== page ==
In 1919, Eastman presented his employees with a third of his own holdings in the company stock, an amount equaling $10 million in those days, and he was also among the first to establish a retirement annuity, as well as life insurance and disability benefit plans. One of Eastman’s early biographers, Carl Ackerman, wrote that the creator of Kodak had a “social philosophy, which he practiced in building his company” that was “far in advance of the thinking during his lifetime.”
“If a man has wealth, he has to make a choice because there is the money heaping up. He can keep it together in a bunch and then leave it for others to administer after he is dead. Or he can get into action and have fun while he is still alive. I prefer getting it into action and adapting it to human needs and making the plan work.”
By age 77, Eastman was plagued by increasing disability due to the hardening of the cells in his lower spinal cord and was frustrated by his inability to continue leading an active and useful life. After putting his estate in order, he committed suicide on March 14, 1932, leaving behind a note to his family and friends that read, “My work is done. Why wait?”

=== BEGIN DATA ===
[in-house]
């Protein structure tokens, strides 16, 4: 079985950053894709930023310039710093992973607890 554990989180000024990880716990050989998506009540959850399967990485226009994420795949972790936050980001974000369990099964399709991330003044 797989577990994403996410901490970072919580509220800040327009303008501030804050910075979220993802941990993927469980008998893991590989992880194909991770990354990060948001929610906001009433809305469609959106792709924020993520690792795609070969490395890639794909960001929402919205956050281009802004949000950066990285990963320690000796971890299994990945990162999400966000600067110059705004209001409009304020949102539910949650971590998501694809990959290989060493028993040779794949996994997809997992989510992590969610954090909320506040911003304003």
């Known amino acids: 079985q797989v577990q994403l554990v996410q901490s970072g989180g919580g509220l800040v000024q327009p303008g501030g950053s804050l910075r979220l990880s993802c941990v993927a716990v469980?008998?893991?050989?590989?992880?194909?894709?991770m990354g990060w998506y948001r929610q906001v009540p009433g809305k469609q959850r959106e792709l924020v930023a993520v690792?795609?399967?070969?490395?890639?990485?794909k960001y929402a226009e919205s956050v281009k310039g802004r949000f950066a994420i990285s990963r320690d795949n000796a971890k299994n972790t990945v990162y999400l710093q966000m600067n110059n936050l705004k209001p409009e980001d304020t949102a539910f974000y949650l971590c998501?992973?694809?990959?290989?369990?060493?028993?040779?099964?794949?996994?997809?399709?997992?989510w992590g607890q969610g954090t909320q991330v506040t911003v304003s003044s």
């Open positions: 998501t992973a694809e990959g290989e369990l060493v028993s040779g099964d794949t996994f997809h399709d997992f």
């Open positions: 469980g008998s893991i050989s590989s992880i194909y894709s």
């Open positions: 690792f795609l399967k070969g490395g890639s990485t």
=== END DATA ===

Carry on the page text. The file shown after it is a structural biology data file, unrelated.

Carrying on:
Indeed, the legacy he had built was extraordinary. Apart from his advancement of the field of photography and his acute awareness of the importance of employee satisfaction to company success, Eastman was also a well-known philanthropist and considered giving back an essential component of a meaningful life. In fact, he began giving money to nonprofit organizations when his salary was only $60 a week.
As his business grew and he acquired greater prosperity, so grew his philanthropic endeavors. Among the institutions to which he contributed were the Rochester Institute of Technology; the Massachusetts Institute of Technology, to which he ultimately gave $20 million; the Hampton and Tuskegee Institutes; dental clinics in Rochester, London, Rome, Paris, Brussels, and Stockholm; the Eastman School of Music; and a medical school and hospital at the University of Rochester. By the end of his life, Eastman had given away some $75 million.